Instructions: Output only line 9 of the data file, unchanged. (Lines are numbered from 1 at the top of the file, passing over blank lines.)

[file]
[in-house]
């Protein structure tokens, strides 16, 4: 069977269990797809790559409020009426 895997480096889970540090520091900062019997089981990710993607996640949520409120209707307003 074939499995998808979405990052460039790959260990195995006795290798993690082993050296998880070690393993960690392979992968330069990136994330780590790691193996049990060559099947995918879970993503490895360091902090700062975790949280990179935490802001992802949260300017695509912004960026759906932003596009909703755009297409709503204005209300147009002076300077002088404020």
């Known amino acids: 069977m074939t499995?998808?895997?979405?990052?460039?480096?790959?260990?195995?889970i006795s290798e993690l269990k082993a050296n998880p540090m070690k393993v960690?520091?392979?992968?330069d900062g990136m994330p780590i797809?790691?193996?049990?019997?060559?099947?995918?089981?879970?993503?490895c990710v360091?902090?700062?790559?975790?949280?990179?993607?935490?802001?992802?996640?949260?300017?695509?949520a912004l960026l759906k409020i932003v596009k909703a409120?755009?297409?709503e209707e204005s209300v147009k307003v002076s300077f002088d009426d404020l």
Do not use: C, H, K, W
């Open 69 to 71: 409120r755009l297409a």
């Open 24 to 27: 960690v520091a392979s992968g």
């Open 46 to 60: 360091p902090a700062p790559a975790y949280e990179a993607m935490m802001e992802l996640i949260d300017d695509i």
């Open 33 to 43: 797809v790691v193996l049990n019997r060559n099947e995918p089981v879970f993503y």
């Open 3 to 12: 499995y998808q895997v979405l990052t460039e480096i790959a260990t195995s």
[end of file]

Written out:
């Open 3 to 12: 499995y998808q895997v979405l990052t460039e480096i790959a260990t195995s």